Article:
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Auburn hair: Wikis


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The fashion model Janice Prishwalko with light auburn hair.

Auburn may be described as a hair color that is somewhere between brown hair and red hair. The word "auburn" comes from the Old French word alborne, which meant blond, coming from Latin word alburnus ("off-white"). The first recorded use of auburn in English was in 1430.[1][2]

In describing hair color, "auburn" is frequently misused as a synonym for "red", and correctly used to describe "ginger".

The chemical pigments that cause to coloration of auburn hair are frequently pheomelanin with high levels of brown eumelanin. Auburn hair is reasonably common among people of northern and western European descent, but it is rare elsewhere. This color is sometimes seen among the indigenous people of Formosa, but not the later Han Chinese immigrants.


The color auburn

The color auburn is a reddish brown color. It is similar to burgundy and maroon, although these two colors have a more reddish tint, whilst auburn has a slightly more brownish one.

Historically, the word abram was used to mean auburn, for example in early (pre-1685) folios of Coriolanus, Thomas Kyd's Soliman and Perseda (1588) and Thomas Middleton's Blurt, Master Constable (1601).[3]

In his book Germania, Tacitus, the Romanised Gaulish historian, described the hair color of the Germanic peoples as being 'rutilo', meaning auburn in Latin.

The first recorded use of auburn as a color name in English was in 1430.[4]



About these coordinates About these coordinates
— Color coordinates —
Hex triplet #6D351A
RGBB (r, g, b) (111, 53, 26)
HSV (h, s, v) (7°, 67%, 45%)
Source Internet
B: Normalized to [0–255] (byte)

On the right is displayed the color auburn. This shade of auburn represents the color of people's hair that is naturally auburn.

Vivid Auburn

Vivid Auburn
About these coordinates About these coordinates
— Color coordinates —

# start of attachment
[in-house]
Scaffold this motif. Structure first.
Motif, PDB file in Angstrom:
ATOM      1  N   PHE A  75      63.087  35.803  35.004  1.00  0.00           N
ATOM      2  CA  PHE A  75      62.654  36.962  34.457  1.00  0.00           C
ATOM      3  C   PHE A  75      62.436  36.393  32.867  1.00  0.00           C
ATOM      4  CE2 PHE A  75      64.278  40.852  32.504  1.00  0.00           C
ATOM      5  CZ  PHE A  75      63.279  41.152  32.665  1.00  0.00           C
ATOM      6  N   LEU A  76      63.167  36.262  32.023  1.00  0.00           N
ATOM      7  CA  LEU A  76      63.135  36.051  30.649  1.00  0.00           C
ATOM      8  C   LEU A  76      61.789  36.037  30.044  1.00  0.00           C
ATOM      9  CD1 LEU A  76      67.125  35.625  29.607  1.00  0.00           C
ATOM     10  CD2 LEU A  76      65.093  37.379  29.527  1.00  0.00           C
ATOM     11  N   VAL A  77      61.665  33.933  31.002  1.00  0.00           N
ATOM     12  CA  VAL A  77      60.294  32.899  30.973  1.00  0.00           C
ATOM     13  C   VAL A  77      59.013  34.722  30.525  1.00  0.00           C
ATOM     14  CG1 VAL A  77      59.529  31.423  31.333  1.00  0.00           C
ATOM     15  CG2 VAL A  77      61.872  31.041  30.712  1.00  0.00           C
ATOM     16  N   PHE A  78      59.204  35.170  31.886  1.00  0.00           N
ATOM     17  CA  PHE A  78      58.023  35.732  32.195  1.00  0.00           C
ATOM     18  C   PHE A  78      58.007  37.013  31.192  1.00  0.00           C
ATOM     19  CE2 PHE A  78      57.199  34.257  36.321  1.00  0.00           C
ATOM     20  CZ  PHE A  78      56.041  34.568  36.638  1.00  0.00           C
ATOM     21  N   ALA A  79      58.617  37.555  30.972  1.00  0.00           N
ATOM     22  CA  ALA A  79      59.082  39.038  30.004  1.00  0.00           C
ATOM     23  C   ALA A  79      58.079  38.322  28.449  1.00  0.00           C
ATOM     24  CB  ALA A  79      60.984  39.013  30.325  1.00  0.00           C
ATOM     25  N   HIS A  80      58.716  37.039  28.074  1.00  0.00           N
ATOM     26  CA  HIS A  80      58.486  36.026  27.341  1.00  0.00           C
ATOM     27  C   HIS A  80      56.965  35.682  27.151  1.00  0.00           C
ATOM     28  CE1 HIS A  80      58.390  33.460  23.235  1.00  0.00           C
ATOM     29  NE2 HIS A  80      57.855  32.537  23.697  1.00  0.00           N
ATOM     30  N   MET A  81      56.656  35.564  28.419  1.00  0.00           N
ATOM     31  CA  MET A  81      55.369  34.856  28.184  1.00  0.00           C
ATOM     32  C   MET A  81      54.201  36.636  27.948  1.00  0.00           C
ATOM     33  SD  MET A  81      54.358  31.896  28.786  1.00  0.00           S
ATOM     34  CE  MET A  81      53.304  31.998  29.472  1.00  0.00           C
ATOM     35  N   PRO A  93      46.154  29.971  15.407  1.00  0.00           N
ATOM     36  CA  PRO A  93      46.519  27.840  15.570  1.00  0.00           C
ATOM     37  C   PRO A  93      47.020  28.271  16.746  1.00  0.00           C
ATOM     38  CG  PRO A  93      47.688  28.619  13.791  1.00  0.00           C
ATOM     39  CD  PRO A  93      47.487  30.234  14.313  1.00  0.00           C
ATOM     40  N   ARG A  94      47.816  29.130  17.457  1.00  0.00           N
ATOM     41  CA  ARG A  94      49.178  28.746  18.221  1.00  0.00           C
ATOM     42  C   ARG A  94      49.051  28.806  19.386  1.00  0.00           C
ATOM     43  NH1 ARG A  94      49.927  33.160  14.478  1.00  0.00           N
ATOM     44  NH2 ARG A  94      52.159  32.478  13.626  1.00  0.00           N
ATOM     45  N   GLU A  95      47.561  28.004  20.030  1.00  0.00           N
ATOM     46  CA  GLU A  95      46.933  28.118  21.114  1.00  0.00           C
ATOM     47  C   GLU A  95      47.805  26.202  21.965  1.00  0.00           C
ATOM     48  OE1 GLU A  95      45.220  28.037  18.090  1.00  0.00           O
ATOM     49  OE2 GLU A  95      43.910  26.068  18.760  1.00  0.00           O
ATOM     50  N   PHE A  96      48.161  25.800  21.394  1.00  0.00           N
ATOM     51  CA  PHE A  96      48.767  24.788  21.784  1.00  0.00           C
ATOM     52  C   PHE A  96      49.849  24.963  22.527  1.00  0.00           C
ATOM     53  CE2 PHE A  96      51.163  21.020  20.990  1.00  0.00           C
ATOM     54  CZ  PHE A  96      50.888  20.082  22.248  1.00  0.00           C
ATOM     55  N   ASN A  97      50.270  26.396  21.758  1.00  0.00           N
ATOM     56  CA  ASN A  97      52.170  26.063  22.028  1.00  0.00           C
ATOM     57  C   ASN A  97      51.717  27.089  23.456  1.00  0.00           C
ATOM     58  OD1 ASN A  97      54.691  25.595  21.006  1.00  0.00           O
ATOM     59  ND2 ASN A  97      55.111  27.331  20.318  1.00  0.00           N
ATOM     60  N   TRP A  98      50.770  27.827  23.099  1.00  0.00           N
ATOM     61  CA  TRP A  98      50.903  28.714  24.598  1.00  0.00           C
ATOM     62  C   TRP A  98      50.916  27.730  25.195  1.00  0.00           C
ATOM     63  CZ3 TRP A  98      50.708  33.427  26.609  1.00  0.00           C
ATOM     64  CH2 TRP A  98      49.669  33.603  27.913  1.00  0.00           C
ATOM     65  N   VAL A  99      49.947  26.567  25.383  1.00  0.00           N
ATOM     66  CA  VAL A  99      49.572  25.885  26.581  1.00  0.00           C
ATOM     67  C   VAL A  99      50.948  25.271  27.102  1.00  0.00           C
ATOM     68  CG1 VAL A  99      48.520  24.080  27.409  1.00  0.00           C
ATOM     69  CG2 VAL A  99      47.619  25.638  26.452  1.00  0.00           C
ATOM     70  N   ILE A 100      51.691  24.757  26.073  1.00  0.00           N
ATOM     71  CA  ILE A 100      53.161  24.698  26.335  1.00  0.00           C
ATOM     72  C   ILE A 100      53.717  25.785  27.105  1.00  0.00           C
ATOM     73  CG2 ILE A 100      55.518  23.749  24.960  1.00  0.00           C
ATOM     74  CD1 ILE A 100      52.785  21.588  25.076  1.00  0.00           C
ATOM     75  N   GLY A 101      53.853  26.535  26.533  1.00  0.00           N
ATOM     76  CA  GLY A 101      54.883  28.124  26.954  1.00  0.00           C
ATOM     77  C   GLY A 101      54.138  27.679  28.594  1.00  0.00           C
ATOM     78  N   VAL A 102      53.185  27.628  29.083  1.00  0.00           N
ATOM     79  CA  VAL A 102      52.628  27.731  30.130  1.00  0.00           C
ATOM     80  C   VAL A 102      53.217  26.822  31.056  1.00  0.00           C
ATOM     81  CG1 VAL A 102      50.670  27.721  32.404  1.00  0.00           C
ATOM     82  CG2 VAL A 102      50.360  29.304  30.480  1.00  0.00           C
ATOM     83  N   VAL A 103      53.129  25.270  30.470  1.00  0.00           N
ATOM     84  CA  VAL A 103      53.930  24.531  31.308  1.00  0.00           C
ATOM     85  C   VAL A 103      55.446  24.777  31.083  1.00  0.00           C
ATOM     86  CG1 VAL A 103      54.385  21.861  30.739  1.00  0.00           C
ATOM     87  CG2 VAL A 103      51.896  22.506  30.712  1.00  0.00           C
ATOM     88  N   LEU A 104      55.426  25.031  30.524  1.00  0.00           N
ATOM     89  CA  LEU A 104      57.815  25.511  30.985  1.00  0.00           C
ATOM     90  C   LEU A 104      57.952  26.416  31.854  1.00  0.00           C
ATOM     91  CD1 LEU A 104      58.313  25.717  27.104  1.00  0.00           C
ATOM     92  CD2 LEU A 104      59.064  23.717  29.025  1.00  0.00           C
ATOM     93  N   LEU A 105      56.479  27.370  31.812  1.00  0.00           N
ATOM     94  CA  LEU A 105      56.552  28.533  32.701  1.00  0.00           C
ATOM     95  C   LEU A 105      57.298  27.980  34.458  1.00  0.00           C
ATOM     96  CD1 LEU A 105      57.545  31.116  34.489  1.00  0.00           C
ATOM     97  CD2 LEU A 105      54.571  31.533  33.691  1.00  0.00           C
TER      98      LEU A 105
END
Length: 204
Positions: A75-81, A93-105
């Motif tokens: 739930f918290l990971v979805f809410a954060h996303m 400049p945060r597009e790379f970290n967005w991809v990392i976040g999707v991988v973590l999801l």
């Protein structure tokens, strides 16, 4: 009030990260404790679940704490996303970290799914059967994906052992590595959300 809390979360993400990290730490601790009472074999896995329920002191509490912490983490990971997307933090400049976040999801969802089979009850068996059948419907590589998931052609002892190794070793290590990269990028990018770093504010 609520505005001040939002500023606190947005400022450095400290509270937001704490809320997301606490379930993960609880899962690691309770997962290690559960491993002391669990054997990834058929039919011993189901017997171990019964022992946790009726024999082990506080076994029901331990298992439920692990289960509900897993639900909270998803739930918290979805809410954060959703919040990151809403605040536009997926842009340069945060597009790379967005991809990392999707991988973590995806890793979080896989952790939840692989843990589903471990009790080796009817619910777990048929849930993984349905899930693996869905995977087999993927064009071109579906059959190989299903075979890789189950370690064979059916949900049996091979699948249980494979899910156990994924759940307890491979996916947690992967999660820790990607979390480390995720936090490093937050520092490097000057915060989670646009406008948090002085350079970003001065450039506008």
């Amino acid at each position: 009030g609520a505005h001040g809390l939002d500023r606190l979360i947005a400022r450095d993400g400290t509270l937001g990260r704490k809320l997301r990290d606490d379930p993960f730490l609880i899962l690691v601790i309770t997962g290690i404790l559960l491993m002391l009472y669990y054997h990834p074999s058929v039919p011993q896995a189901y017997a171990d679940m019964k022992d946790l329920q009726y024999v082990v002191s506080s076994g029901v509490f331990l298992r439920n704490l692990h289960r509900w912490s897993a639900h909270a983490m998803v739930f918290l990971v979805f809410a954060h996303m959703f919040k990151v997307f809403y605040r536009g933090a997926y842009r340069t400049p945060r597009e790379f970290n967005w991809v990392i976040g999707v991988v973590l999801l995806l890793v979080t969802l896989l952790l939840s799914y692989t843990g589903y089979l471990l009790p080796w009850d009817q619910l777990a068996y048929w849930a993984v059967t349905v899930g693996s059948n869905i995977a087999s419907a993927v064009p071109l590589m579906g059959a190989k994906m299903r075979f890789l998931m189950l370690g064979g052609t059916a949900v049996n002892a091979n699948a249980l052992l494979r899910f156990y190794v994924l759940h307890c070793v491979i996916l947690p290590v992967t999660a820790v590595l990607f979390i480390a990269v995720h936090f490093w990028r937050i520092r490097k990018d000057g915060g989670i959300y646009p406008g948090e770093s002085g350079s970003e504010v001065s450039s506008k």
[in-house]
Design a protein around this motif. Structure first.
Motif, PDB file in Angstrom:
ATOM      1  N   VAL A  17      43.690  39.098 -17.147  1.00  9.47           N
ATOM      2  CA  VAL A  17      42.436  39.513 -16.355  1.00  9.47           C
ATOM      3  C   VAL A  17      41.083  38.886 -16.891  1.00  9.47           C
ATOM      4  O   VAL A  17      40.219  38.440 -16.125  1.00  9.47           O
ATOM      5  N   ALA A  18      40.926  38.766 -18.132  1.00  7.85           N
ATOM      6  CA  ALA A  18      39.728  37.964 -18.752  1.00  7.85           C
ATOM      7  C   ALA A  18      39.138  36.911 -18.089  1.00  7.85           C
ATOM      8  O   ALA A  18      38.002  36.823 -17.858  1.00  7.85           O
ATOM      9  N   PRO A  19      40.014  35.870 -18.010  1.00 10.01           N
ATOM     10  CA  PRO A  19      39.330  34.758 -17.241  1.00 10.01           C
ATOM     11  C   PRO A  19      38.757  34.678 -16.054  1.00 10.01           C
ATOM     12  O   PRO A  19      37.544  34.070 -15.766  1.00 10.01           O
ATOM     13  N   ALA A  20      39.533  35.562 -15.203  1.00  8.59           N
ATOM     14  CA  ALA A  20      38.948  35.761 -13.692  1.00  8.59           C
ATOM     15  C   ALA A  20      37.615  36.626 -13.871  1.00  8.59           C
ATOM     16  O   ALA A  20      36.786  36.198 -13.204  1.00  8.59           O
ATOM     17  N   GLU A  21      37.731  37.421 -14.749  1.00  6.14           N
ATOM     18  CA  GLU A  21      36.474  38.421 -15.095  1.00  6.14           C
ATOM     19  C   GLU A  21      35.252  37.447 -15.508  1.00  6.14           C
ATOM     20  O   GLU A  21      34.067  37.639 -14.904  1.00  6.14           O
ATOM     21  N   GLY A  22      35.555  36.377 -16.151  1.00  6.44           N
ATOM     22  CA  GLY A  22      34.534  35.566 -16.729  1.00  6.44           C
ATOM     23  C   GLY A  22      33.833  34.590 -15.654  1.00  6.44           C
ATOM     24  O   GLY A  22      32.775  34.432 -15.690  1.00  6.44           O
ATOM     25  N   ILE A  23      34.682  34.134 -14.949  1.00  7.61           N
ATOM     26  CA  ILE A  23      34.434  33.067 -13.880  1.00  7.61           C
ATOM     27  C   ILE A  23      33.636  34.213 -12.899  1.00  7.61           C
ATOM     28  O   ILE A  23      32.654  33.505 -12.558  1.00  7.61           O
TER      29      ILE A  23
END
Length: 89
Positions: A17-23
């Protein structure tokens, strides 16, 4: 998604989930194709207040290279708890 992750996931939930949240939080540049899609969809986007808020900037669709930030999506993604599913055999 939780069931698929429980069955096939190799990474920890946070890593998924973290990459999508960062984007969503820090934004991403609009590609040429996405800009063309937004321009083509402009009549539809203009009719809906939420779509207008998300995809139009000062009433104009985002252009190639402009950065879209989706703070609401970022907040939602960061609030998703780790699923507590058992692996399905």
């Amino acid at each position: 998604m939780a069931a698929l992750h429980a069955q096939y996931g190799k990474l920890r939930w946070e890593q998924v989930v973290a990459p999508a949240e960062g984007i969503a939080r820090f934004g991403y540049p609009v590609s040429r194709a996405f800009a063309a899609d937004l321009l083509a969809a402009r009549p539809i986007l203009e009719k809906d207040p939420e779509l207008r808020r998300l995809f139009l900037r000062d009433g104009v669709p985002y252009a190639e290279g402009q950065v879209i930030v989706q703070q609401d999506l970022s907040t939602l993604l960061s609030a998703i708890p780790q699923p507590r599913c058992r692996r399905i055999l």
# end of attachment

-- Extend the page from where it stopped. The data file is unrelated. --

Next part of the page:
Hex triplet #932724
RGBB (r, g, b) (147, 39, 36)
HSV (h, s, v) (7°, 72%, 52%)
Source Internet
B: Normalized to [0–255] (byte)

In cosmetology, a brighter, highly-saturated tint called vivid auburn is used for dyeing hair.

Auburn in human culture

A Palestinian girl with dark auburn hair.

Auburn hair occurs almost uniquely in the phenotypes originally from northern and western Europe, for example, Scandinavia, Ireland, Scotland, Germany, the Benelux countries, France, Poland, and Russia. This hair color is very rare around the Mediterranean Sea and farther south and southeast. Auburn-haired people especially in Southern Europe and North Africa is caused by migration and invasion of people from Northern Europe. Because of migration from Europe from the 16th to the 20th centuries, auburn-haired humans are also found all around the world such as in North America, South America, Australia, New Zealand, South Africa, Siberia, etc. Emigration from Middle East and North Africa added the population of auburn-haired persons in Americas, Australia, New Zealand, South Africa, and other parts of Africa and Europe. The Roman writer Tacitus wrote that the hair of the Germanic peoples was usually either rutilus, which is Latin for "auburn", or else "golden blond". However, the Germanic name "Schwartz" referred to people who had black hair long ago, but the Germanic name "Weiss" referred to people who had white or light blonde hair long ago, and both were carried by their descendants. The German words for the color "auburn" include the simple "rotbraun" (red-brown) and "rostrot" (rust red) to the more elaborate "kastanienbraun" (chestnut brown).

Though the word "auburn" was in use in the English language by 1430, the corrupt spelling/pronunciation abram was frequently used.[3]

In the 21st Century United States of America, the color that was chosen by the American Council on Education (ACE) to represent such fields of learning as forestry, environmental studies, and natural resource management is called, "russet,"[5] but in actual practice, colleges, universities, and suppliers of academic regalia use a very similar tint of "auburn" color.[6][7]

See also


  1. ^ "Auburn" in the Online Etymology Dictionary
  2. ^ Maerz and Paul A Dictionary of Color New York:1930 McGraw-Hill Page 190; Color Sample of Auburn Page 37 Plate 7 Color Sample C11
  3. ^ a b The Wordsworth Dictionary of Phrase and Fable
  4. ^ Maerz and Paul, A Dictionary of Color, New York: McGraw-Hill, 1930, Page 190; Color Sample of Auburn, Page 37, Plate 7, Color Sample C11
  5. ^ An Academic Costume Code and An Academic Ceremony Guide, American Council on Education
  6. ^ Academic Degree Colors, Herff Jones
  7. ^

External links

Simple English

Auburn is a light brown or reddish-brown hair color.


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